I have attached free graphics showing truss plate issues.
Nice… Thanks for those.
Great graphics, Randy!
Thanks from all the InterNACHI inspectors!
Nice work Randy! Thank you!
Nice Randy! Thanks!
Here is a narrative with some references for gap between the truss and the gusset plate…
There was metal connector plate(s), commonly referred to as gusset plate(s) observed which had a gap of greater than 1/32" between the gusset plate(s) and the truss member(s). Gaps greater than 1/32" (.031"-.793 mm) at gusset plates significantly reduce the structural integrity of the metal connector plates. According to the Structural Building Component Association (SBCA) gusset plates with a gap from 1/32" to 1/16" can have as little as 60% effectiveness, gaps from 1/16" (.062"-1.587 mm) to 3/32" (.093"-2.381 mm) as little as 40% effectiveness, gaps larger than 3/32" (.093"-2.381 mm) have zero effectiveness. We recommend that a licensed professional engineer evaluate and prescribe any needed repairs which should be performed by a qualified licensed professional contractor. The repair documents produced by the engineer should be filed with the local building authority and a copy of the documents should be given to the home owner for their records.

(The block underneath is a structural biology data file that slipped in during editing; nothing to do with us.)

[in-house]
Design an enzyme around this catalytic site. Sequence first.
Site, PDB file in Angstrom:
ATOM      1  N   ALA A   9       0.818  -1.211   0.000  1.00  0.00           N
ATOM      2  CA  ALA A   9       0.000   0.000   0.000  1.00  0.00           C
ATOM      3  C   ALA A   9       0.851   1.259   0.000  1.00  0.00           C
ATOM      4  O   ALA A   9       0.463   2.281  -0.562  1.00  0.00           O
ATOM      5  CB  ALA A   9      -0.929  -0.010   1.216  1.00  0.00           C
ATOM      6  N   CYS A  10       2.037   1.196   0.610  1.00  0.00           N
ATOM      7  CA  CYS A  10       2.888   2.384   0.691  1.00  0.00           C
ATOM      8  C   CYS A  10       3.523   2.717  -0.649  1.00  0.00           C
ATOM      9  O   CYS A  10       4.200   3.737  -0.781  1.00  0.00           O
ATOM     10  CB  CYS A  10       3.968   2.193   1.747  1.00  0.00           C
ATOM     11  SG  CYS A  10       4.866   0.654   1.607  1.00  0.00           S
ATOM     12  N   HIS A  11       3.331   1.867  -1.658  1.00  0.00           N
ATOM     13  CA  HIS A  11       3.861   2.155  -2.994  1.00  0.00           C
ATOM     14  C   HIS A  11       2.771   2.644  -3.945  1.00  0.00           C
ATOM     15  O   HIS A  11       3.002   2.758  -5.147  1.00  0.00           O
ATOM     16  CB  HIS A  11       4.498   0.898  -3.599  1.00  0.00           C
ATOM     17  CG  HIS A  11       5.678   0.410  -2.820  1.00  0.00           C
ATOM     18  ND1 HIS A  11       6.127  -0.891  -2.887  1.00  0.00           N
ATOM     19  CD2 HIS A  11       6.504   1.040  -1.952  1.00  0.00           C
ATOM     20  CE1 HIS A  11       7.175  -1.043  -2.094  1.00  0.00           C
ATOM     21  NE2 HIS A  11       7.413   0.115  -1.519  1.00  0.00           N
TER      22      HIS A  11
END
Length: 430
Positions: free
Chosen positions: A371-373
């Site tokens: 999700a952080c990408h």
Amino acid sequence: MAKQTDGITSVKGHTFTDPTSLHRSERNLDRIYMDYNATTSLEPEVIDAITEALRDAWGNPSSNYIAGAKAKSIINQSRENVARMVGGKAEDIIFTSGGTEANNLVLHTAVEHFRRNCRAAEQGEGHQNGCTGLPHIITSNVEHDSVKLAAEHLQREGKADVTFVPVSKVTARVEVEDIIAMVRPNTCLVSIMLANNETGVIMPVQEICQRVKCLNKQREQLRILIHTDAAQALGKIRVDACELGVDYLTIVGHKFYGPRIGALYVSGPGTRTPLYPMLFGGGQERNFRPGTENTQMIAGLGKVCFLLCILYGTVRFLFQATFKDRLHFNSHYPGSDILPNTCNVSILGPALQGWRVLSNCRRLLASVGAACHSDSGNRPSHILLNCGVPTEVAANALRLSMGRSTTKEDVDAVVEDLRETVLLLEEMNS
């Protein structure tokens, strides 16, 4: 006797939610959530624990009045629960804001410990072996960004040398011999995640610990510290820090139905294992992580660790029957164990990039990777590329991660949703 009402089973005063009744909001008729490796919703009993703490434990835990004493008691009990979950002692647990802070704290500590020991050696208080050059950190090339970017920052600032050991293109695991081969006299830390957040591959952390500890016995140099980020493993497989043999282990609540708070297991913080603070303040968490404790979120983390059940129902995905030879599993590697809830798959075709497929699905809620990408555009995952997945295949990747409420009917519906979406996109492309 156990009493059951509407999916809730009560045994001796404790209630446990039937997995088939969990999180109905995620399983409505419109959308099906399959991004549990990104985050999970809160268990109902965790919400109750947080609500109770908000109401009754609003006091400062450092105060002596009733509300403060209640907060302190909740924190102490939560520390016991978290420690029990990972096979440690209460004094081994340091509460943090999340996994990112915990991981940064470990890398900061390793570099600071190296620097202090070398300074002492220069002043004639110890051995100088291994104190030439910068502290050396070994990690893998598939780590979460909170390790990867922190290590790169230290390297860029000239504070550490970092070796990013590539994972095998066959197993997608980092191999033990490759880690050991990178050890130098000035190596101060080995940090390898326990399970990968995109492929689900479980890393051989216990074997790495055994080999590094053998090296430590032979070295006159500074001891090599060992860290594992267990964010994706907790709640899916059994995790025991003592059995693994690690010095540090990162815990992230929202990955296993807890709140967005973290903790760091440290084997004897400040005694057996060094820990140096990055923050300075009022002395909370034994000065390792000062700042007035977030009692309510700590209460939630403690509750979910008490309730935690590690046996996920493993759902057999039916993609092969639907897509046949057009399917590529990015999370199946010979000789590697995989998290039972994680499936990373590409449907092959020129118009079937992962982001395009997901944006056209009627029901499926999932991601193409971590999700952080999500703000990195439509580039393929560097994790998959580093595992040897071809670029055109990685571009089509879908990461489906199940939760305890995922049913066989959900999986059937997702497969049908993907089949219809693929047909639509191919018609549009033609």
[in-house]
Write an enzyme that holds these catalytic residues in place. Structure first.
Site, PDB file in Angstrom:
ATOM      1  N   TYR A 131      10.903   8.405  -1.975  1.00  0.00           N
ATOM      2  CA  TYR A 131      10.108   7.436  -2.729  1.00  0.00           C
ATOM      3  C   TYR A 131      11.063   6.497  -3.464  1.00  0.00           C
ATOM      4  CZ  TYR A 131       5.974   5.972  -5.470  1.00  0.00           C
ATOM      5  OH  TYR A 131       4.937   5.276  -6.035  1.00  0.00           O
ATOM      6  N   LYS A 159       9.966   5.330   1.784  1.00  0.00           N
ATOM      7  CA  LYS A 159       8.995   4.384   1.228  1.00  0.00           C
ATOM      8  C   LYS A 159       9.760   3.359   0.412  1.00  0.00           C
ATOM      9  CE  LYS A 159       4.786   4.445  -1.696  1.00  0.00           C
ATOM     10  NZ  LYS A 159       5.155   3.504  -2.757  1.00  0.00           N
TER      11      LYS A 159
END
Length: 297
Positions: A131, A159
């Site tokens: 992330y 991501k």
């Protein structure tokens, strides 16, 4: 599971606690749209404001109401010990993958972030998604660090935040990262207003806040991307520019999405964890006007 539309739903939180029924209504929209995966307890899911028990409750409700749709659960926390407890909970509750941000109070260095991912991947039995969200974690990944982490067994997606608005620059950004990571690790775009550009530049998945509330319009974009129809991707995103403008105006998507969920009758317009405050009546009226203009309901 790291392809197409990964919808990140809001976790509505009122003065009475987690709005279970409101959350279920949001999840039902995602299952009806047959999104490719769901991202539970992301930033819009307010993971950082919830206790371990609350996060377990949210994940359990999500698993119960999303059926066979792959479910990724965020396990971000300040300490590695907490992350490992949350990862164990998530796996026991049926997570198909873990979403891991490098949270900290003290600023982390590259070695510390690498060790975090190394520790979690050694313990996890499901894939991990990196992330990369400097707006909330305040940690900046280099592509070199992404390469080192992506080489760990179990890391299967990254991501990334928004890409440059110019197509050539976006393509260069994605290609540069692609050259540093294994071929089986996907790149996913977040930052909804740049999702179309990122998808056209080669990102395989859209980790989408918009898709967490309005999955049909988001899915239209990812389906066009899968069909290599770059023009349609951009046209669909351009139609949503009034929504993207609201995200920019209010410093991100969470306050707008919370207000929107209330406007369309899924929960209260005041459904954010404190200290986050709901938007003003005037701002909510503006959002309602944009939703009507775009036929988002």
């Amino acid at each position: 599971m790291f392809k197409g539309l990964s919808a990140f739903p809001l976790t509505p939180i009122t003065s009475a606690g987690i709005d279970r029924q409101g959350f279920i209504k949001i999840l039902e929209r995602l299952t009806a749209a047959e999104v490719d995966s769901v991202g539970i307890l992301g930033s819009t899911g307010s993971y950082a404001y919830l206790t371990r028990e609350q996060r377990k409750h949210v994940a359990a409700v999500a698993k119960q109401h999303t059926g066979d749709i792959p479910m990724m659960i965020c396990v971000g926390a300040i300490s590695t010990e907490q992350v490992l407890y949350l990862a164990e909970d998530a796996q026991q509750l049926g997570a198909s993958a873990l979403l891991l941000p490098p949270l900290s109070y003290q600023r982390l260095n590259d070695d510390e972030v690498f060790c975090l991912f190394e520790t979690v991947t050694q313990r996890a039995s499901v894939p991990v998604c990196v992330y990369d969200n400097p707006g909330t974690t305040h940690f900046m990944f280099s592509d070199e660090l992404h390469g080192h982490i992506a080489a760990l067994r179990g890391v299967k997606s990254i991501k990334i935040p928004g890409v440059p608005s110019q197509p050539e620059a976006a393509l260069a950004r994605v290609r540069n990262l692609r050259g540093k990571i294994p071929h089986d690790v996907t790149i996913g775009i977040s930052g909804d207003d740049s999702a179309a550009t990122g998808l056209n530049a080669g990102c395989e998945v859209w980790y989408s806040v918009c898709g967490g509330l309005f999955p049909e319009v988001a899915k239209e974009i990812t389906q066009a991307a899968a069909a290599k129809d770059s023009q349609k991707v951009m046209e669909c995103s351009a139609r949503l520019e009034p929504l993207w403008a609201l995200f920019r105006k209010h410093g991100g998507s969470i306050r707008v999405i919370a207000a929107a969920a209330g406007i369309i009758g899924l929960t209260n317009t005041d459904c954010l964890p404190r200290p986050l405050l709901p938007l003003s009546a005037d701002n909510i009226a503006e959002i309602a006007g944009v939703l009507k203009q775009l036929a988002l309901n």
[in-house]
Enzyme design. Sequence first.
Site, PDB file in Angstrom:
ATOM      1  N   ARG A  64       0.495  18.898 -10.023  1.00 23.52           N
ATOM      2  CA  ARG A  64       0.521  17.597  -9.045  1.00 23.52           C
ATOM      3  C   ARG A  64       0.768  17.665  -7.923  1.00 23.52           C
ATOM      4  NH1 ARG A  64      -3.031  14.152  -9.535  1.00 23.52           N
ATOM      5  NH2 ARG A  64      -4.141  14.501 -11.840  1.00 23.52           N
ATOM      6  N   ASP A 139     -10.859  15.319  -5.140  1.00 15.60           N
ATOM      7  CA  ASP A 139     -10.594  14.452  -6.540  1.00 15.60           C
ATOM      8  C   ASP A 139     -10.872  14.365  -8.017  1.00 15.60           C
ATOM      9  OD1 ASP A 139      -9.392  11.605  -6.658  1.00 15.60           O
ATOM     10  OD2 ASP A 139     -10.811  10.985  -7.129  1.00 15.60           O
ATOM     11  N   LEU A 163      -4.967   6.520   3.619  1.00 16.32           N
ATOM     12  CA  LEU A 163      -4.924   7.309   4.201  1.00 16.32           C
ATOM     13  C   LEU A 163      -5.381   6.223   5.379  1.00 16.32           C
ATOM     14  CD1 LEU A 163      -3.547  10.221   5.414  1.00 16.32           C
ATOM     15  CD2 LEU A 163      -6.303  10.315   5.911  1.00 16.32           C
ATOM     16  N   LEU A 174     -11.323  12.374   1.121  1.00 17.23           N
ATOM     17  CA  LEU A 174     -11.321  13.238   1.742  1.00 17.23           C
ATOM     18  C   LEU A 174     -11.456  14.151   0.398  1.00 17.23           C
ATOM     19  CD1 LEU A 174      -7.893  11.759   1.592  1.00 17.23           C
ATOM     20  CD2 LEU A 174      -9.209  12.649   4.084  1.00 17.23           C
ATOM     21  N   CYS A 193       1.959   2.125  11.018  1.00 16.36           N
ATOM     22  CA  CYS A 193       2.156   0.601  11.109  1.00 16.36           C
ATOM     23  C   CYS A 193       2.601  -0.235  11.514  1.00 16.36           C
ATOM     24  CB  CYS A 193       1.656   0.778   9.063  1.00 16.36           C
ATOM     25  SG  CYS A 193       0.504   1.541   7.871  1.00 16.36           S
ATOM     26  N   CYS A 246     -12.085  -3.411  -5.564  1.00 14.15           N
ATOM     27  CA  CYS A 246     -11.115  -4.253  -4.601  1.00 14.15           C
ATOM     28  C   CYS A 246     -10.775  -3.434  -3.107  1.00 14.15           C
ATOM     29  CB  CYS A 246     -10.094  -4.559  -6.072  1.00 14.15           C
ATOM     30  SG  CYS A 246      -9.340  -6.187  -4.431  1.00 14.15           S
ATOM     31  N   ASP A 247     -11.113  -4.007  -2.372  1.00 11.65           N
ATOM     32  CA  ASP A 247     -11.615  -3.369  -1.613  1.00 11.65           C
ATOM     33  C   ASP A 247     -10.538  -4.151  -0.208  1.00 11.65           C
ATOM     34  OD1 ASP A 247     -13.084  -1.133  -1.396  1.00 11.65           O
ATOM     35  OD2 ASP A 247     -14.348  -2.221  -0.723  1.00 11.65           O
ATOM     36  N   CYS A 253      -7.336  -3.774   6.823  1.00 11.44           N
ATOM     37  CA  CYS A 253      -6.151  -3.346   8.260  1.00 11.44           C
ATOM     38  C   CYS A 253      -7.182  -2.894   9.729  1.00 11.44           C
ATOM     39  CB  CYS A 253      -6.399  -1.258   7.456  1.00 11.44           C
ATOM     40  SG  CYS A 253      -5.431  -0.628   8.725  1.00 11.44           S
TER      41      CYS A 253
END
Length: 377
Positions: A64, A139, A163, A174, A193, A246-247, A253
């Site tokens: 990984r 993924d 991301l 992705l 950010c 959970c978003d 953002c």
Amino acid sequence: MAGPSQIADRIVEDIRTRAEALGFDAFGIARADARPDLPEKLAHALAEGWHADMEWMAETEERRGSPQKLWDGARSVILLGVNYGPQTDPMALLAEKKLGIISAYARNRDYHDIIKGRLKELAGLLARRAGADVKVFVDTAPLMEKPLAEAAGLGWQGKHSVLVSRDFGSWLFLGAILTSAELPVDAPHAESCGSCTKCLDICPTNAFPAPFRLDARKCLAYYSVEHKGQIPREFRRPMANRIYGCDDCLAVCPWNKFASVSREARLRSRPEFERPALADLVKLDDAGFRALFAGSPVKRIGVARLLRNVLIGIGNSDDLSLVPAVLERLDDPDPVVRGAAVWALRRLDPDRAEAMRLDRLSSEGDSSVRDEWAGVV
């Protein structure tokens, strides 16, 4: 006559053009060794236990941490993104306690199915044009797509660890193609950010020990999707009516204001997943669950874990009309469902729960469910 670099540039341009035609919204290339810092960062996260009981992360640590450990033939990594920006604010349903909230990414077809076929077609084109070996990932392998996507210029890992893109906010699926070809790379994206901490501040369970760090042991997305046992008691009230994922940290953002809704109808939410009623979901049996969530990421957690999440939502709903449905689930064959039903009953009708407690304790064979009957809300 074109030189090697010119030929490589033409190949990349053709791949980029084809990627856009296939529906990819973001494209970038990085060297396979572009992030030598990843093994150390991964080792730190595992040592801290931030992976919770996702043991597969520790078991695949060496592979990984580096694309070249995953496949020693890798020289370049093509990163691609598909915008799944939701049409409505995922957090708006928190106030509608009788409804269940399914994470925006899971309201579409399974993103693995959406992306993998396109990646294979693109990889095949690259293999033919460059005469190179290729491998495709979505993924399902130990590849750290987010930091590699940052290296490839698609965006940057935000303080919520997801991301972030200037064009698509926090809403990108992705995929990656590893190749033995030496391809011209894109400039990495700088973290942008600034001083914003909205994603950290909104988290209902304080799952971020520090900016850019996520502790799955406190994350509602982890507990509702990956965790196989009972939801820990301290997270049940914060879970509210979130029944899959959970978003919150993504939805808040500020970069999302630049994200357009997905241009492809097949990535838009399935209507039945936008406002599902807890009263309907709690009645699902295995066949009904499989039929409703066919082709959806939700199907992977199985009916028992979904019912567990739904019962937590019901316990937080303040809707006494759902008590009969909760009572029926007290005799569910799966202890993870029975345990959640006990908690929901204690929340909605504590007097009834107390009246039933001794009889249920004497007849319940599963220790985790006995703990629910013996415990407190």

Reference Truss Plate Institute and ANSI/TPI 1-1995 188.8.131.52 Tooth embedment gap is defined as the distance between the underside of embedded metal connector plate and the surface of the wood member. Tooth embedment gap shall be measured through the slot opening of the metal connector plate. The number of effective teeth per each metal connector plate contact area shall be determined based on the effectiveness ratios shown in Table 184.108.40.206.
And I’d like to add a friendly reminder to this thread:
- machine-applied nail plates can’t simply be hammered back into position in the field, once they pull out or are damaged by fire
- retrofit/repair plywood gussets and nailing schemes have to be sized.
Also, while I’m mentioning fire, charred wood can be checked by an engineer for determining whether the wood can stay or has to be replaced.